Cute carob dipped dog treats are an easy special touch for homemade or bought treats, making them a fun DIY for kids, party treats, or last-minute gifts. Here are the DIY details for making and using a simple carob dog treat dip.
Making Dog Treats with Carob Melts and Drops
Carob vs. Chocolate
In terms of dog-friendly cooking, carob is hands-down the way to go! Chocolate contains a compound called theobromine which is toxic to dogs. It can also contain other doggy no-nos like caffeine, sugars, or sweeteners.
While pure carob powder is delicious and nutritious, carob melts and drops may be a little naughtier. Be aware that carob melts and drops are often sweetened, whether you are buying them from the human baking good section or specially marketed dog treats. Many are a combination of sugars and oils with carob powder, some are unsweetened carob and oil mixtures. Yogurt drops are much the same. Either way, there’s nothing wrong with an occasional special treat, but always read your ingredients to know what you’re buying and eating/sharing.
Carob drops can be tricky to melt compared to chocolate, as the carob is usually drier and lower fat. Combining the carob with a fatty add-in, like peanut butter, and gently microwaving them together (with frequent stirring breaks) can help. If peanut butter isn’t your thing, you can use a different dog-friendly add-in, like coconut oil. How much you can add will vary.
Texture may vary depending on your carob, but in our experiments over the years, we can go as high as a roughly 50-50 mix with smooth peanut butter and carob drops. It will solidify into a solid fudgey state that holds its shape well (especially if kept chilled).
Homemade Carob and Peanut Butter Dog Treat Dip
Carob Dipped Dog Treats with Optional Sprinkles
There are no measurements below as the treats can be entirely scales to suit your preference on quantity and firmness of set (how much or how little peanut butter to use).
- Carob drops or melts
- Smooth peanut butter
Additional Ingredients for Dipped Treats:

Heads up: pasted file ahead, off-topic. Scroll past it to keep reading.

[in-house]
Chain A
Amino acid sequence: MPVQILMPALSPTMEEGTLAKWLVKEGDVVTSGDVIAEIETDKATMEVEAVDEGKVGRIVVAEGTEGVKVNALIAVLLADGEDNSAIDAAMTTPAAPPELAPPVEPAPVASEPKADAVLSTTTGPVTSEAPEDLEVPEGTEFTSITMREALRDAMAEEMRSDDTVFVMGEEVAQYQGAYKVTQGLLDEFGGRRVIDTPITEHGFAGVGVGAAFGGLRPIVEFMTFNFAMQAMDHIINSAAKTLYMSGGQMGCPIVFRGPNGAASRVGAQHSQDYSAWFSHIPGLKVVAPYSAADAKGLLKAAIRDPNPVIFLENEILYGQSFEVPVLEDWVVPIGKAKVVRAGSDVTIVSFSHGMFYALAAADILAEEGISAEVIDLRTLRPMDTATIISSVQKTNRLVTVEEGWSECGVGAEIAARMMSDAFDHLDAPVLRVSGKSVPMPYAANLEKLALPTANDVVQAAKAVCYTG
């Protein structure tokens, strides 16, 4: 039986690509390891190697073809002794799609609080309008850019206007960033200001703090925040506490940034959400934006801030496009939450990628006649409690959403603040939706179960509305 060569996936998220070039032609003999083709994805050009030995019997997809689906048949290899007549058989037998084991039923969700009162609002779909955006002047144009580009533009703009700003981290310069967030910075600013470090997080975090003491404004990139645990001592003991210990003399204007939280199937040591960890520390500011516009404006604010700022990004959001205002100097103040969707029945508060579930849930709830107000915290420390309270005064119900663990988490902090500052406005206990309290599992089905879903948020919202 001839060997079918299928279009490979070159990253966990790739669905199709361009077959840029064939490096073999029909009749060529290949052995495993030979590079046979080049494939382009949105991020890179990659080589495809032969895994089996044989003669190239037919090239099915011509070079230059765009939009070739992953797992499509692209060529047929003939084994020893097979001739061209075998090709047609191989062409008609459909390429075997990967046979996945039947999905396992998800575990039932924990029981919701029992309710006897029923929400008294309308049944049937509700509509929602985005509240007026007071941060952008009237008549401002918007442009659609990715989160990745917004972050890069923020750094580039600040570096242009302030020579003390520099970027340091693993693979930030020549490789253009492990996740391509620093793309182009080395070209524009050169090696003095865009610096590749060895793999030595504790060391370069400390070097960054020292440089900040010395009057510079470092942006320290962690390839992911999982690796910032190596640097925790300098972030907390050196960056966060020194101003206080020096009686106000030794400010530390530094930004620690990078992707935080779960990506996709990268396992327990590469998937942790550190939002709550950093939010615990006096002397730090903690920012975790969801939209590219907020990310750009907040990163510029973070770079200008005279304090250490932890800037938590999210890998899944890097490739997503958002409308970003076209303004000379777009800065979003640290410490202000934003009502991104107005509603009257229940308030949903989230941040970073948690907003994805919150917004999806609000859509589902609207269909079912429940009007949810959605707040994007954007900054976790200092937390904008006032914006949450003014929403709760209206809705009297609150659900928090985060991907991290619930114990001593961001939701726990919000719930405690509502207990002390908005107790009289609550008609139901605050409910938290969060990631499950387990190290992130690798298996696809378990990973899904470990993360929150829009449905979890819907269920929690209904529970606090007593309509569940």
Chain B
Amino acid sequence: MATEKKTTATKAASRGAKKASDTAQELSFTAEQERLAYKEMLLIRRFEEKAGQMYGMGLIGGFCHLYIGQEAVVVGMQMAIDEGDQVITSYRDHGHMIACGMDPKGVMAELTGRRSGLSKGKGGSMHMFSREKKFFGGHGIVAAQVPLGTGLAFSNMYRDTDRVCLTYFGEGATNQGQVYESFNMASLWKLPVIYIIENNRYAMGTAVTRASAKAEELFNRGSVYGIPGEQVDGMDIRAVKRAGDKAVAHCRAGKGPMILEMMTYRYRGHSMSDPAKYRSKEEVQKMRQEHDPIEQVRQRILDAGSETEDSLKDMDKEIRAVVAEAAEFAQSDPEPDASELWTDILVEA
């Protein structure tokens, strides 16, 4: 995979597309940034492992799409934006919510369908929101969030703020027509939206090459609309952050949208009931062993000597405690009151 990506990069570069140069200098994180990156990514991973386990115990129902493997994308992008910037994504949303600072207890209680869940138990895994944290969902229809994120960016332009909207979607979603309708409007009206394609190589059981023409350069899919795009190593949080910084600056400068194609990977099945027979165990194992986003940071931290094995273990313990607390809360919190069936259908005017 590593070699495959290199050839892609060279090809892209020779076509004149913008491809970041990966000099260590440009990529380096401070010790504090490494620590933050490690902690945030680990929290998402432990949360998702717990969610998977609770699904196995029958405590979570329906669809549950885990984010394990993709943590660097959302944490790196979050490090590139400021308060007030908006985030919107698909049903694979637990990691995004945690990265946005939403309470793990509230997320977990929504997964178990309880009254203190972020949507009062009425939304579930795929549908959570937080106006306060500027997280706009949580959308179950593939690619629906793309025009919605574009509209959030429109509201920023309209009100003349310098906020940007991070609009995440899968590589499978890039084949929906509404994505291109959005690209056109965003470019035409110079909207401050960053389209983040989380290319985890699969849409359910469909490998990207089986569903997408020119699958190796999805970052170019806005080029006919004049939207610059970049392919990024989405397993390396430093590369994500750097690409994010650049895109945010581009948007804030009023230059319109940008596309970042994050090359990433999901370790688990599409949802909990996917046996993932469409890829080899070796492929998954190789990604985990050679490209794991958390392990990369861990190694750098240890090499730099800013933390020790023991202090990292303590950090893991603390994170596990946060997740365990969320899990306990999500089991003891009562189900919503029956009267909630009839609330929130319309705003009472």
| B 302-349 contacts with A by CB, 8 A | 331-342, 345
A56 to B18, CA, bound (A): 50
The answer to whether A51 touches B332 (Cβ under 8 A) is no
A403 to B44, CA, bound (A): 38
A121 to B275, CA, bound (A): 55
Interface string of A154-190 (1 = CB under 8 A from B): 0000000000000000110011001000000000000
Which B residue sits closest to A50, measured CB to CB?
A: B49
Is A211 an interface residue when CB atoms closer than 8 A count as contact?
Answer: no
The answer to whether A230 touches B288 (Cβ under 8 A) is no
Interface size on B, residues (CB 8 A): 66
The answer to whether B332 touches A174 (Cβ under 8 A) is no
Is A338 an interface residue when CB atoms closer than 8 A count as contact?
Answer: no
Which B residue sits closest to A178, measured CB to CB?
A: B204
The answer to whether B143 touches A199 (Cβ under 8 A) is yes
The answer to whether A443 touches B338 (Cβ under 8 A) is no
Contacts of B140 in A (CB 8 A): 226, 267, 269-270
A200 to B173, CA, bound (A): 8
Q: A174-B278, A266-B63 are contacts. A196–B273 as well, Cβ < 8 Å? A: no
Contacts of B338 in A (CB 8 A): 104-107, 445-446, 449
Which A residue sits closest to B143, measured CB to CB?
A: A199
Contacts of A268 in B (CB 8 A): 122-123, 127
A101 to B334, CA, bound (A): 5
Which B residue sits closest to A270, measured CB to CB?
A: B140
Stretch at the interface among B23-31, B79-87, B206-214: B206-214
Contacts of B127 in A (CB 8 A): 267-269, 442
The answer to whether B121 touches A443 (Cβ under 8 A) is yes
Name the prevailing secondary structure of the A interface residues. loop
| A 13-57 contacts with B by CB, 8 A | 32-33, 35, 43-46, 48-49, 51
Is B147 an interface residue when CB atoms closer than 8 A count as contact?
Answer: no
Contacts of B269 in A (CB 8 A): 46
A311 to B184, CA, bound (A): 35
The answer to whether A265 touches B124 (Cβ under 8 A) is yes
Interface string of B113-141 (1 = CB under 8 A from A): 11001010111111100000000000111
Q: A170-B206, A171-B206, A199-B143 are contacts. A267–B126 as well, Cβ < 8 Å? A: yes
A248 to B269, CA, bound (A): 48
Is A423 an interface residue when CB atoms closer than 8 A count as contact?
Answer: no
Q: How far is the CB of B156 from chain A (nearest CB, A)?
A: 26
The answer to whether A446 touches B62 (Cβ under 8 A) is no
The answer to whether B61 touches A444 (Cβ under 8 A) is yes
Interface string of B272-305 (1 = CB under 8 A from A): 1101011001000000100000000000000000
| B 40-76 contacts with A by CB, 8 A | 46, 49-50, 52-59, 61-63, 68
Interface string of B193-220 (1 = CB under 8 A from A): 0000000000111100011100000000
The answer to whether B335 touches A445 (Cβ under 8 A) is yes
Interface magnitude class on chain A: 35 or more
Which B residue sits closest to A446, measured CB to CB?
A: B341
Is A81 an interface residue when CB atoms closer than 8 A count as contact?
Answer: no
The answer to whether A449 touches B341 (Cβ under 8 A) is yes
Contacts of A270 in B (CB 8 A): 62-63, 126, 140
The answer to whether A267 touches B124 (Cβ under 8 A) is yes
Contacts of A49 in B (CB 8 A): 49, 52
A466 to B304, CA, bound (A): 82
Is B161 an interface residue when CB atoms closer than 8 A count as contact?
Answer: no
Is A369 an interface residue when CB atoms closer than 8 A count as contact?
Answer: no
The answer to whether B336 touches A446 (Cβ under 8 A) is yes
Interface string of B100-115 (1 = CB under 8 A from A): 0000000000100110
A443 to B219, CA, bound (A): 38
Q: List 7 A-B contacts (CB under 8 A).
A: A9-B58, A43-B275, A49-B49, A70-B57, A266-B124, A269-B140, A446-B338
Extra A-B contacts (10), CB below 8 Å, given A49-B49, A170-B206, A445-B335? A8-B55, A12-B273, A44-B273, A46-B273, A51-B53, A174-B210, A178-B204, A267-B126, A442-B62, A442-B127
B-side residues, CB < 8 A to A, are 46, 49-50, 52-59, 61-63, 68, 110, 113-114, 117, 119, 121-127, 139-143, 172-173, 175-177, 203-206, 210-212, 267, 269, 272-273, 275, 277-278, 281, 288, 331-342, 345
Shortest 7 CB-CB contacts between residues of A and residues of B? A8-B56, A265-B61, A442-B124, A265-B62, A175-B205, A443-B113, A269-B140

- Dog treat biscuits
- Optional finely chopped peanuts, desiccated coconut, or other dog-friendly sprinkles
As noted above, coconut oil can be used instead of peanut butter if your house is peanut free or you prefer not sharing peanut butter with the dogs. You may need to chill the treats to keep them firm, depending on the quantity you use and your ambient temperatures. Peanut butter and chocolate are one of my favourite human combinations, so I’ve carried it through to these treats.
- Measure desired quantities of carob and peanut butter into a microwave-safe bowl. No more than 50-50 as a maximum in our experience, as per the notes above, else the carob won’t set.
- Microwave on medium heat, stirring to combine and melt. Take care not to shortcut with high temperatures or overheat. Carob can be cranky as noted above.
- Line a plate or tray with baking parchment, waxed paper, or a reusable liner.
- Dip one or both ends of your biscuit treats into the melted carob mixture, lay on the lined plate, and sprinkle (optional).
- Allow to cool at room temperature or in the refrigerator until completely set before handling.
Carob can be tricky to melt as noted above, but being enveloped in warm melted peanut butter helps. Microwaving on short bursts and stirring frequently is key to getting a melted mix without overheating. I find (for my ingredients and equipment) microwaving for a total time of one minute at medium usually does the trick, but the mix can be returned for more heating if/as needed.
Treat Making Tips and Tricks
- When using ingredients like peanut butter for dogs, take care when shopping to avoid the artificial sweeteners, particularly xylitol, which is extremely dangerous for dogs. Xylitol may also be labelled under as sweetener code 967.
- If using sprinkles, ensure that they are suitably sized for your pet. For example, my big dogs are ok with finely chopped peanuts as shown, however, they may be too large for smaller pets to safely eat. If in doubt, leave them out.
- These treats can be refrigerated and/or frozen. Just like human chocolates (especially non-tempered), you may see a little clouding on the surface after chilling. It’s perfectly normal and still delicious.
🦴 Remember, treats (bought or homemade) are for spoiling your pup in moderation. We share ideas here from treats that we make ourselves for our pets, but different animals will have different preferences (likes or dislikes) and dietary needs. Some pets may have special dietary requirements and/or food allergies or intolerances. If you are ever in doubt or have questions about what’s suitable for your pet, have a chat with your trusted vet.